A 28-year-old woman developed erythema, swelling, pain, and pruritus on the dorsal aspect of her toes bilaterally (Fig. 1A). During the 3 weeks that followed, these lesions progressively became more painful, developed vesicles, became dusky purple-red in color, and eroded superficially (Fig. 1B and C). The patient tried an over-the-counter antifungal medication without improvement. Two weeks before the onset of thetoe discoloration, the patient had experienced 3 days of low-grade fever and malaise. She was otherwise healthy.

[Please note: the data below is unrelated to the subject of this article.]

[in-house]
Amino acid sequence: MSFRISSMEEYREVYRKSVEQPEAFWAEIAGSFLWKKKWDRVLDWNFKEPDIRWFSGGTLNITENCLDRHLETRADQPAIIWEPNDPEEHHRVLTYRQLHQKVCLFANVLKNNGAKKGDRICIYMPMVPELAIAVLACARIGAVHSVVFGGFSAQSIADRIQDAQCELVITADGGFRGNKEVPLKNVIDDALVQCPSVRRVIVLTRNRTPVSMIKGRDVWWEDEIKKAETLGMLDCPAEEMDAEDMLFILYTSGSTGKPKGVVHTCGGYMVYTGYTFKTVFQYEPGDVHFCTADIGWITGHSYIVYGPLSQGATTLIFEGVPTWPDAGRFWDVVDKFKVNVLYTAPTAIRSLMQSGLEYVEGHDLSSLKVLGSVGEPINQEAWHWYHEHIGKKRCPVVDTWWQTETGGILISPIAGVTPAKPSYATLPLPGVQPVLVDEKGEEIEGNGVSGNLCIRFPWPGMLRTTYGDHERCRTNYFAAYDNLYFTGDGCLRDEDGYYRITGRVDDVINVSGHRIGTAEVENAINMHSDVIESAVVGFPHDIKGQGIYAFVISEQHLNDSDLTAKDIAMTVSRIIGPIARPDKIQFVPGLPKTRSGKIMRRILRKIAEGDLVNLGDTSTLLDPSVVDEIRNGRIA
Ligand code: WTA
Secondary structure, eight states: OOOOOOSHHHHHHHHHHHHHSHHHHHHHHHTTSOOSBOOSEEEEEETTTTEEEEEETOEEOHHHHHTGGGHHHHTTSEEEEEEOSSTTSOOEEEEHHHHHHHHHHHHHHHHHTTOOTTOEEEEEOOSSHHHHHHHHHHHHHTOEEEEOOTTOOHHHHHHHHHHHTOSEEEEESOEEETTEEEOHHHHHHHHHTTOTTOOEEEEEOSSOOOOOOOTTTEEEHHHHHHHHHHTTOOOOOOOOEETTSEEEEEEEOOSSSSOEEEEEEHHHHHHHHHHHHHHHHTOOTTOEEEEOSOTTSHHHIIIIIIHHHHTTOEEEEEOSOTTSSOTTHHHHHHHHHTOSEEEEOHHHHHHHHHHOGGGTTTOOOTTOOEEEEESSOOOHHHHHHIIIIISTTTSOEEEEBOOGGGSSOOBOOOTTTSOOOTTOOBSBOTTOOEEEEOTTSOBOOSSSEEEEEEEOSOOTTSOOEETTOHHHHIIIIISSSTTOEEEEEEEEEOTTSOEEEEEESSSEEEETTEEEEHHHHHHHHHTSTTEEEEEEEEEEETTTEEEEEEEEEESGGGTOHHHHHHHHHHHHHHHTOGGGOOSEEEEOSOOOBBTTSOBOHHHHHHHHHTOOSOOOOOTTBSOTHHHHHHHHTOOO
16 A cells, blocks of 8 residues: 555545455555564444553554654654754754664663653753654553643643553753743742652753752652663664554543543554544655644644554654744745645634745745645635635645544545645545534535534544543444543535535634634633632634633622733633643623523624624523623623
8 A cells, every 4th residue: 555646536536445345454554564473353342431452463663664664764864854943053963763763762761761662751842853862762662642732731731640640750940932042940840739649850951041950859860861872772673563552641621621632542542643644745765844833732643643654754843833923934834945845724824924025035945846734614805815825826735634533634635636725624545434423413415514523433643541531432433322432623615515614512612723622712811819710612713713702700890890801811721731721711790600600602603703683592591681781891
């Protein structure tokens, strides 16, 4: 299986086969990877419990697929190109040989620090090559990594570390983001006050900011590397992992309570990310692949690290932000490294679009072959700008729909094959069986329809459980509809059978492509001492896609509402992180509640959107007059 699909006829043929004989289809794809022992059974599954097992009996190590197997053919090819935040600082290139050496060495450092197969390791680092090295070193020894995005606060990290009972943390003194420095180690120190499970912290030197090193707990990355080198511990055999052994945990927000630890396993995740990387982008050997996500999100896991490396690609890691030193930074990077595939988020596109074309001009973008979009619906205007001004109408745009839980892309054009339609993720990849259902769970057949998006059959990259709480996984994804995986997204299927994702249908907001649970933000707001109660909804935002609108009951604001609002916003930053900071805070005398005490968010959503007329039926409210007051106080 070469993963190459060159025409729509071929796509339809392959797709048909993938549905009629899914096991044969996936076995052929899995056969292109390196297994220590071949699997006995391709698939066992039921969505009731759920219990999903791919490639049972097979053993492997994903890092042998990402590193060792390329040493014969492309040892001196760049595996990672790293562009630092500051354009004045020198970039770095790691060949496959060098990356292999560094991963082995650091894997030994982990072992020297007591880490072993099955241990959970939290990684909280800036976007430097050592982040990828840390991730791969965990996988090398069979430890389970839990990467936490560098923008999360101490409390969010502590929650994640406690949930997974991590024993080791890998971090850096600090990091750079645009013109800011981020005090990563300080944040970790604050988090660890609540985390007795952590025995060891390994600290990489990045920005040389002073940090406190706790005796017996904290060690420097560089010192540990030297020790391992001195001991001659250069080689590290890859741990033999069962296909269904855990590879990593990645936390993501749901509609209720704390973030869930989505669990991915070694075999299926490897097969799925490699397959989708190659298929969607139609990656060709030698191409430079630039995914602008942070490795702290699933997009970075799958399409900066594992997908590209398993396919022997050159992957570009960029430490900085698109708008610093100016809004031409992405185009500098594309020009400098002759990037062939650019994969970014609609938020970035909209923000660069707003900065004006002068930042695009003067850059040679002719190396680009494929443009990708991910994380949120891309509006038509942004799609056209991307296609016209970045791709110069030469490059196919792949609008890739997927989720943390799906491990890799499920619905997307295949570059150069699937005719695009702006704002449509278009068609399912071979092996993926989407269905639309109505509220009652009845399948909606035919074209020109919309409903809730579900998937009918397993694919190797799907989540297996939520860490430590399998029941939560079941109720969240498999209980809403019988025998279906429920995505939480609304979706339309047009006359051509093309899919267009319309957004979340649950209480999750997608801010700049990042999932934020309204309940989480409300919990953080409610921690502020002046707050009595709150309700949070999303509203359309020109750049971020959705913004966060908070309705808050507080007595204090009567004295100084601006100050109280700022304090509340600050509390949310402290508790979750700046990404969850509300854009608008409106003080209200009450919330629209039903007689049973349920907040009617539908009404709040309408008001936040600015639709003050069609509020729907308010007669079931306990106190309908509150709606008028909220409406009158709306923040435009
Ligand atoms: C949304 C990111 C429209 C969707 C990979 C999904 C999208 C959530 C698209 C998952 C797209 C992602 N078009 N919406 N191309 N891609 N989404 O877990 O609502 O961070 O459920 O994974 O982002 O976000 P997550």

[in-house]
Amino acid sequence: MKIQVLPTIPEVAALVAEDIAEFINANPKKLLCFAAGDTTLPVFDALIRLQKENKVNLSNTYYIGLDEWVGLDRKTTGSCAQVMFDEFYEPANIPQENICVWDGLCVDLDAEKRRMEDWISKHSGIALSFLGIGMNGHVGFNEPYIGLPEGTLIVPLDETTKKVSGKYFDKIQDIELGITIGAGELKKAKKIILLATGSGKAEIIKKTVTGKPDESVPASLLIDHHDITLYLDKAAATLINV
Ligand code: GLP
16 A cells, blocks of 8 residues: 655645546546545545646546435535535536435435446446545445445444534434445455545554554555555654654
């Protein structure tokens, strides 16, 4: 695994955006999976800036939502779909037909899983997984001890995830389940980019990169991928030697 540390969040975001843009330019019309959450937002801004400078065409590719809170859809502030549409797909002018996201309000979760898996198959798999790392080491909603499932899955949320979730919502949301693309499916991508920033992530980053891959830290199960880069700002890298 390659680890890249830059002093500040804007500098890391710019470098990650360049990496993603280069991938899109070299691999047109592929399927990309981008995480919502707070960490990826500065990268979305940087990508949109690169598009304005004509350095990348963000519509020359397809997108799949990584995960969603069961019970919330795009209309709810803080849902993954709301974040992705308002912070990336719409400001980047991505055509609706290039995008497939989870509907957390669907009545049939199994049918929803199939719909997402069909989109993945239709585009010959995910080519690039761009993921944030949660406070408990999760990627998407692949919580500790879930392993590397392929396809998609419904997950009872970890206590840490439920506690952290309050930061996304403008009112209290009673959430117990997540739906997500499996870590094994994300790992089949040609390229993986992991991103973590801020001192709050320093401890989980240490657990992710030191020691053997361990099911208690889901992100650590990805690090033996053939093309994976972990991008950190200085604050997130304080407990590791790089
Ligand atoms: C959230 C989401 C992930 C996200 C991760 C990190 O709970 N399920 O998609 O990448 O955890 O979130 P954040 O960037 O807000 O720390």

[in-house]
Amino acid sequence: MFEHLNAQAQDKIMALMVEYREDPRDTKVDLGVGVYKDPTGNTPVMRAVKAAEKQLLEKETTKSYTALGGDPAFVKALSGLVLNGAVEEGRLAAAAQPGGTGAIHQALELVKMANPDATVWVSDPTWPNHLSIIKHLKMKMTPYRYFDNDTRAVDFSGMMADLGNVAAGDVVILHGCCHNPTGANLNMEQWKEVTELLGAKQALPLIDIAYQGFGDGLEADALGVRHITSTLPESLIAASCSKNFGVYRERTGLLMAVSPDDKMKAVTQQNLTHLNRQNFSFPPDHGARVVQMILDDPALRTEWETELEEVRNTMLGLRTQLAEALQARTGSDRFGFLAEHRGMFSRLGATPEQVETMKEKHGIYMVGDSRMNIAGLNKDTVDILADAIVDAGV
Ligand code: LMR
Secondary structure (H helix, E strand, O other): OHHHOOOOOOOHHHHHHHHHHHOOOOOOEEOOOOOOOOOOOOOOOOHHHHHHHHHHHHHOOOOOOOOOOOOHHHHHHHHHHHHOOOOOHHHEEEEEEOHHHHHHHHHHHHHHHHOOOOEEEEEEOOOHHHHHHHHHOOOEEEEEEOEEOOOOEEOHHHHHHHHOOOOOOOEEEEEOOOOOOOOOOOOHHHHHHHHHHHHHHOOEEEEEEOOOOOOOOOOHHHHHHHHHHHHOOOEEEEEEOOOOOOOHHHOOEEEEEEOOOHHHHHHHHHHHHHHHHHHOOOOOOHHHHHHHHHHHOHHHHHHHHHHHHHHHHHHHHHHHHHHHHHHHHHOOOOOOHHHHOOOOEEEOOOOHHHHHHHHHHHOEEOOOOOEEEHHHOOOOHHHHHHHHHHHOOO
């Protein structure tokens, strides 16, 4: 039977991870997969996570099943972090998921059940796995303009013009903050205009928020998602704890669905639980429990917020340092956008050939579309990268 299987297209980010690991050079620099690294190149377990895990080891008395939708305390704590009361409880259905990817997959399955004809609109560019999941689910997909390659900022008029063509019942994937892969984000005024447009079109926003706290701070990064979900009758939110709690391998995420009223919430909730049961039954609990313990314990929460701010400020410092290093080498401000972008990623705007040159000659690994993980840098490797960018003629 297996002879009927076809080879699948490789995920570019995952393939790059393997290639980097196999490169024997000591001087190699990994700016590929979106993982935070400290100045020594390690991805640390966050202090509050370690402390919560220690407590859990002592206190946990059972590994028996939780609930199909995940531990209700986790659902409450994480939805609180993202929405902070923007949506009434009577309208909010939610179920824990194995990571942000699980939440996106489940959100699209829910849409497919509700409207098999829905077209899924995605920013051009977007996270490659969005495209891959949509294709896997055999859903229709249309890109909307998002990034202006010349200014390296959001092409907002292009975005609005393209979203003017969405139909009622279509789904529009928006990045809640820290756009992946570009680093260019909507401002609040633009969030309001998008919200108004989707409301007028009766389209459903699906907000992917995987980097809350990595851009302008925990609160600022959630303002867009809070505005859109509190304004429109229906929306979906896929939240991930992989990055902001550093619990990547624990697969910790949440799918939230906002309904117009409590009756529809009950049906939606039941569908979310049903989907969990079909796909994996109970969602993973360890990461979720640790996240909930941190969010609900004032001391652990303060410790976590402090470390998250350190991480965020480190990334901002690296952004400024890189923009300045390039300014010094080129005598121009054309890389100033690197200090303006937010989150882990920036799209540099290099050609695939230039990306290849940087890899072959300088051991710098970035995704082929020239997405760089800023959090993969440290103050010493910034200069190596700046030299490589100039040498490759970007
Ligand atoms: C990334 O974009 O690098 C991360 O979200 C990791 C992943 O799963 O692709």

Among the cutaneous manifestations described during the coronavirus disease 2019 (COVID-19) pandemic, pseudo-chilblains, or 'COVID toes', has been the most common (Freeman et al., 2020a). In contrast to chilblains (also called pernio), which classically is associated with cold temperatures, the erythrocyanotic acral lesions of pseudo-chilblains have presented in the spring and even mid-summer and in warm climates.